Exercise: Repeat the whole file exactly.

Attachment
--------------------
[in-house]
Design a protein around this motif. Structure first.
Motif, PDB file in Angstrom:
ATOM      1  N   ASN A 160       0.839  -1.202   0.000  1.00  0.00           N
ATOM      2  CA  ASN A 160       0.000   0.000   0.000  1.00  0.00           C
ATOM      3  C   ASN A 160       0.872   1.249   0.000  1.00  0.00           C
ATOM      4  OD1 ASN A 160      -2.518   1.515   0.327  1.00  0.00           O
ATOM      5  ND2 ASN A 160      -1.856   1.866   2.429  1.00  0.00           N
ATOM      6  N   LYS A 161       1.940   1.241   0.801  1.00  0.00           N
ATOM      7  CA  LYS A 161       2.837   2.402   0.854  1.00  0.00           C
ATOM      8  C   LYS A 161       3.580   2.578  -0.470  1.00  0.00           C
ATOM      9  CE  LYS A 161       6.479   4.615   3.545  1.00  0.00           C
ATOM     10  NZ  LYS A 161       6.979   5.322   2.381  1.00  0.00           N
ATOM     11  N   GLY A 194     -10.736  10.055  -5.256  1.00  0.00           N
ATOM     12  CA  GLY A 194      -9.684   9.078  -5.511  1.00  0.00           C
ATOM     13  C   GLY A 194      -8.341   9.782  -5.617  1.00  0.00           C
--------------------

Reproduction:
[in-house]
Design a protein around this motif. Structure first.
Motif, PDB file in Angstrom:
ATOM      1  N   ASN A 160       0.839  -1.202   0.000  1.00  0.00           N
ATOM      2  CA  ASN A 160       0.000   0.000   0.000  1.00  0.00           C
ATOM      3  C   ASN A 160       0.872   1.249   0.000  1.00  0.00           C
ATOM      4  OD1 ASN A 160      -2.518   1.515   0.327  1.00  0.00           O
ATOM      5  ND2 ASN A 160      -1.856   1.866   2.429  1.00  0.00           N
ATOM      6  N   LYS A 161       1.940   1.241   0.801  1.00  0.00           N
ATOM      7  CA  LYS A 161       2.837   2.402   0.854  1.00  0.00           C
ATOM      8  C   LYS A 161       3.580   2.578  -0.470  1.00  0.00           C
ATOM      9  CE  LYS A 161       6.479   4.615   3.545  1.00  0.00           C
ATOM     10  NZ  LYS A 161       6.979   5.322   2.381  1.00  0.00           N
ATOM     11  N   GLY A 194     -10.736  10.055  -5.256  1.00  0.00           N
ATOM     12  CA  GLY A 194      -9.684   9.078  -5.511  1.00  0.00           C
ATOM     13  C   GLY A 194      -8.341   9.782  -5.617  1.00  0.00           C